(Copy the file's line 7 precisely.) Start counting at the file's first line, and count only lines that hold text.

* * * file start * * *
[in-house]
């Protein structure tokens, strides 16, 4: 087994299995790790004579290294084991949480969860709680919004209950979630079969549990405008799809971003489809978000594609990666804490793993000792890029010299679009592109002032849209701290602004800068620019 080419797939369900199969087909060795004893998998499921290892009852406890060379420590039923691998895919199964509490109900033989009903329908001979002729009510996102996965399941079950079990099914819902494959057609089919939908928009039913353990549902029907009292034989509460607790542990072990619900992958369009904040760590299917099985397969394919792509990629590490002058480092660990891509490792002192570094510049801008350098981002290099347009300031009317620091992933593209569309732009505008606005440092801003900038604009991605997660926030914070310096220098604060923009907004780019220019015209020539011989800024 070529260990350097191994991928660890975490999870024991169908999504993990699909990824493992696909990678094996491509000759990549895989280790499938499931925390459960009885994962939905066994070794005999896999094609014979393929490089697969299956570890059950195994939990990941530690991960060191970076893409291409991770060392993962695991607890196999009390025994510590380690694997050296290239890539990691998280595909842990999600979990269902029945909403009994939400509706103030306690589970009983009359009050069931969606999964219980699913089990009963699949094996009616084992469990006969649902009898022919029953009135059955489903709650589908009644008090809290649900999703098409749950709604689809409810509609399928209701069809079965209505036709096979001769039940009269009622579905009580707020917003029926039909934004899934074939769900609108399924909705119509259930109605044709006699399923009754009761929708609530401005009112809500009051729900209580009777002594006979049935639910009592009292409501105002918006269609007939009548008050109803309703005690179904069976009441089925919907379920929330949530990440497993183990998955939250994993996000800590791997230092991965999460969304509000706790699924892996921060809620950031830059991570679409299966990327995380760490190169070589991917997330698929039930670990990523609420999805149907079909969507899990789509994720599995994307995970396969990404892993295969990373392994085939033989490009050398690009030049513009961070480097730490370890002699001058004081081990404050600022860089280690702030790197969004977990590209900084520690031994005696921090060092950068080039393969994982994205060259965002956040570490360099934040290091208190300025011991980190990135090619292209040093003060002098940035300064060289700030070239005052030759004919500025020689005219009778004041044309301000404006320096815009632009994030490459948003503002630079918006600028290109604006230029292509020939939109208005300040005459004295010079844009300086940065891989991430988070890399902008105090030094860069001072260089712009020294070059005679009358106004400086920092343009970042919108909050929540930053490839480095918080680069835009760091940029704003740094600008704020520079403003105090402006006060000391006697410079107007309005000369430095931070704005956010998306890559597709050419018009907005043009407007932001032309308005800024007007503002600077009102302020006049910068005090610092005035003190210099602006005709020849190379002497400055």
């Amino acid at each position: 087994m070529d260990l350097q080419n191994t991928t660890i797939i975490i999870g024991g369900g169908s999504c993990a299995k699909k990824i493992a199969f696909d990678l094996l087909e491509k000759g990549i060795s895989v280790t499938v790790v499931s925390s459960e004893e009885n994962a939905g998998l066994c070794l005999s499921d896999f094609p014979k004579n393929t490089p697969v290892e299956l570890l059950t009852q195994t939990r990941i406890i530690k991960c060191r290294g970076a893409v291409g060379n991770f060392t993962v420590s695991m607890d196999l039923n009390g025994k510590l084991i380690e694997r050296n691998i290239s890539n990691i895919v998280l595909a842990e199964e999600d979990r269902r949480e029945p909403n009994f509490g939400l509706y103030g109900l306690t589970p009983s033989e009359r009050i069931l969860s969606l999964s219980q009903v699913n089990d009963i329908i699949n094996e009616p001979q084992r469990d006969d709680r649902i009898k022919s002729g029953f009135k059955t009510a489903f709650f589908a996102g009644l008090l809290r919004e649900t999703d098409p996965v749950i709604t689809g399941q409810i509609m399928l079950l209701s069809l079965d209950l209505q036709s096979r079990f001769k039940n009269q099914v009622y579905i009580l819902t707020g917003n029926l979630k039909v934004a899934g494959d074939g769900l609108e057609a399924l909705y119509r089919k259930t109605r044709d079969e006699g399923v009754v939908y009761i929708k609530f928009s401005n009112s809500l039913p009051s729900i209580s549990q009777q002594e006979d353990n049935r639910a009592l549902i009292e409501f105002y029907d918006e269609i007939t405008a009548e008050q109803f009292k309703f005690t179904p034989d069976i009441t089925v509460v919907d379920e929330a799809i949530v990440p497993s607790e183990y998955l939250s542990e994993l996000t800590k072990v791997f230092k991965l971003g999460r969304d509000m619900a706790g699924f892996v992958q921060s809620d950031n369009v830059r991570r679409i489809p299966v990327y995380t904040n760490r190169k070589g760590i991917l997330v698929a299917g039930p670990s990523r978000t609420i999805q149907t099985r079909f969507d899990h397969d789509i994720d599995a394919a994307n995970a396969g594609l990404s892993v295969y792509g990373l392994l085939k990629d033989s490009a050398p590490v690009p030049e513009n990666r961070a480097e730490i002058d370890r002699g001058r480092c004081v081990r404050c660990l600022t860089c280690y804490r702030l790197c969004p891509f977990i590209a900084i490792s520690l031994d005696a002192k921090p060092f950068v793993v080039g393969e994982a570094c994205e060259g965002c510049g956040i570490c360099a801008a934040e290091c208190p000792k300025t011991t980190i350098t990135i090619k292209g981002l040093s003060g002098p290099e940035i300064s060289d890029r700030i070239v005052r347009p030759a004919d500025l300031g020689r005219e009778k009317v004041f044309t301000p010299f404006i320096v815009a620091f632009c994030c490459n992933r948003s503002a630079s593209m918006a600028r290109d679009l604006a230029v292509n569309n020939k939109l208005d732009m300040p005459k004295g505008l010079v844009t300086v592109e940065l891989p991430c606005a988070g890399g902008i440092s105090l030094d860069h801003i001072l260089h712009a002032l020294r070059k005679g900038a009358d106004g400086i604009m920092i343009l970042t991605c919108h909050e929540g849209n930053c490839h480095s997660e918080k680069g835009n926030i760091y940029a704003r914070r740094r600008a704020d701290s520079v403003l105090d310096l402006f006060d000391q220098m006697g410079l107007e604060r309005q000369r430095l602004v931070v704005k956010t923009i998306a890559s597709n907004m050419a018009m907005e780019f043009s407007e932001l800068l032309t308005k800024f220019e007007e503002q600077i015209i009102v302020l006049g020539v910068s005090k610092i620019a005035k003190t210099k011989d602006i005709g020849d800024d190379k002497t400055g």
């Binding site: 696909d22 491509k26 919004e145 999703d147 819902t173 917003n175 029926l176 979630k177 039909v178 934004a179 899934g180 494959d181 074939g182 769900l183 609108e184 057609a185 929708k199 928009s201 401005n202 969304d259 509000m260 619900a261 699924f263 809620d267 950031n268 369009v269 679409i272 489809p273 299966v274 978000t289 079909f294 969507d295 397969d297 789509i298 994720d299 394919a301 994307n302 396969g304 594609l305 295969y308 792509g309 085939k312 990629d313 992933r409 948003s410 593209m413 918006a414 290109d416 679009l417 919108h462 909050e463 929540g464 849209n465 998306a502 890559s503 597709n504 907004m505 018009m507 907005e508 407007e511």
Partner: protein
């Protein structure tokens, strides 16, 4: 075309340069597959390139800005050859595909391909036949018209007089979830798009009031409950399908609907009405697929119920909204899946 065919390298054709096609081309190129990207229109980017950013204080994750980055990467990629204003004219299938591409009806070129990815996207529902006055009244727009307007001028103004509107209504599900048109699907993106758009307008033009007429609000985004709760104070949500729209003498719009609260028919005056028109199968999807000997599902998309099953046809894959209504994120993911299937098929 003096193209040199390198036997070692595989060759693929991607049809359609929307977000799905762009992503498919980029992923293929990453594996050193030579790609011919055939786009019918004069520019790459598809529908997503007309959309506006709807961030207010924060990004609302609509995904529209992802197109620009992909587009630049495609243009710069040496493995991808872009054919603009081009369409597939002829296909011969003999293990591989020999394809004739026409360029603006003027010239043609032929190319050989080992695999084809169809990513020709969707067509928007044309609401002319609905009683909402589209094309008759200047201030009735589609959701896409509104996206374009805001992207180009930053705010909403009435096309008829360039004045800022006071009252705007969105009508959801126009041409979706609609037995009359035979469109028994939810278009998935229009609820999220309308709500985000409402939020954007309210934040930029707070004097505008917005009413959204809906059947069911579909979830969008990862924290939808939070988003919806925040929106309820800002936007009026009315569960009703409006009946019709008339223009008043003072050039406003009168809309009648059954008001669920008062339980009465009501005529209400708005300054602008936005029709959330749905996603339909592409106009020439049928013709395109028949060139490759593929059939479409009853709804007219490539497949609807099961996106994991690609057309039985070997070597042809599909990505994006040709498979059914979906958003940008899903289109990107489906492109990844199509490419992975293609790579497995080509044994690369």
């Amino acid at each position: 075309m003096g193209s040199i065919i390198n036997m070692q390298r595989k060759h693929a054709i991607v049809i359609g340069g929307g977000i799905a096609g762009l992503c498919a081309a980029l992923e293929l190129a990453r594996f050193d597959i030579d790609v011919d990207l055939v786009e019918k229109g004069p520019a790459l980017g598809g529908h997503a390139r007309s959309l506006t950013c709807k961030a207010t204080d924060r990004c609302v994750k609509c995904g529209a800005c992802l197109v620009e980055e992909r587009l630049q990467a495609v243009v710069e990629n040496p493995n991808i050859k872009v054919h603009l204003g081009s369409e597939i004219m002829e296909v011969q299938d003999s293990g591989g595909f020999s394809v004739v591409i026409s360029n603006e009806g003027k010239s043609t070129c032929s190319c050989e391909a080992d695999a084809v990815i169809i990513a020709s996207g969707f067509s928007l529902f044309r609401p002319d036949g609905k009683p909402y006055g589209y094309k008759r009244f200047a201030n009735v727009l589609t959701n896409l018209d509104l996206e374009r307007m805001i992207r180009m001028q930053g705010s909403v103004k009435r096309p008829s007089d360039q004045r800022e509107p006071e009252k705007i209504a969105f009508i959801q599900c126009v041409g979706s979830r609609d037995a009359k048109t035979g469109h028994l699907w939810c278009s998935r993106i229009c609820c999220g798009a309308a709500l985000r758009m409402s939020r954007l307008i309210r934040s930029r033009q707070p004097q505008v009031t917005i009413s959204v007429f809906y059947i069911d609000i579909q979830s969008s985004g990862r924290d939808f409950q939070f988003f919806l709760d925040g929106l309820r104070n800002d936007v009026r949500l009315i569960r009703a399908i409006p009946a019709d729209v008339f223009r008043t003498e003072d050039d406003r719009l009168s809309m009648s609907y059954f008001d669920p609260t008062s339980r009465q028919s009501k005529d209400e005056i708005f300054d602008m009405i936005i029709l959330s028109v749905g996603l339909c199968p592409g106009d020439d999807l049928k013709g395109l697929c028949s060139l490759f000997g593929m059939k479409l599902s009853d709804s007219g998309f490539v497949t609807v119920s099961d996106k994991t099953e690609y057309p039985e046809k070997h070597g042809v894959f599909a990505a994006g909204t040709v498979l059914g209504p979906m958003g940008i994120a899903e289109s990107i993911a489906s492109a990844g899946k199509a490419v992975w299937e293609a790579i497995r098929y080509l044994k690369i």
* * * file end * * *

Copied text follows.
């Amino acid at each position: 075309m003096g193209s040199i065919i390198n036997m070692q390298r595989k060759h693929a054709i991607v049809i359609g340069g929307g977000i799905a096609g762009l992503c498919a081309a980029l992923e293929l190129a990453r594996f050193d597959i030579d790609v011919d990207l055939v786009e019918k229109g004069p520019a790459l980017g598809g529908h997503a390139r007309s959309l506006t950013c709807k961030a207010t204080d924060r990004c609302v994750k609509c995904g529209a800005c992802l197109v620009e980055e992909r587009l630049q990467a495609v243009v710069e990629n040496p493995n991808i050859k872009v054919h603009l204003g081009s369409e597939i004219m002829e296909v011969q299938d003999s293990g591989g595909f020999s394809v004739v591409i026409s360029n603006e009806g003027k010239s043609t070129c032929s190319c050989e391909a080992d695999a084809v990815i169809i990513a020709s996207g969707f067509s928007l529902f044309r609401p002319d036949g609905k009683p909402y006055g589209y094309k008759r009244f200047a201030n009735v727009l589609t959701n896409l018209d509104l996206e374009r307007m805001i992207r180009m001028q930053g705010s909403v103004k009435r096309p008829s007089d360039q004045r800022e509107p006071e009252k705007i209504a969105f009508i959801q599900c126009v041409g979706s979830r609609d037995a009359k048109t035979g469109h028994l699907w939810c278009s998935r993106i229009c609820c999220g798009a309308a709500l985000r758009m409402s939020r954007l307008i309210r934040s930029r033009q707070p004097q505008v009031t917005i009413s959204v007429f809906y059947i069911d609000i579909q979830s969008s985004g990862r924290d939808f409950q939070f988003f919806l709760d925040g929106l309820r104070n800002d936007v009026r949500l009315i569960r009703a399908i409006p009946a019709d729209v008339f223009r008043t003498e003072d050039d406003r719009l009168s809309m009648s609907y059954f008001d669920p609260t008062s339980r009465q028919s009501k005529d209400e005056i708005f300054d602008m009405i936005i029709l959330s028109v749905g996603l339909c199968p592409g106009d020439d999807l049928k013709g395109l697929c028949s060139l490759f000997g593929m059939k479409l599902s009853d709804s007219g998309f490539v497949t609807v119920s099961d996106k994991t099953e690609y057309p039985e046809k070997h070597g042809v894959f599909a990505a994006g909204t040709v498979l059914g209504p979906m958003g940008i994120a899903e289109s990107i993911a489906s492109a990844g899946k199509a490419v992975w299937e293609a790579i497995r098929y080509l044994k690369i």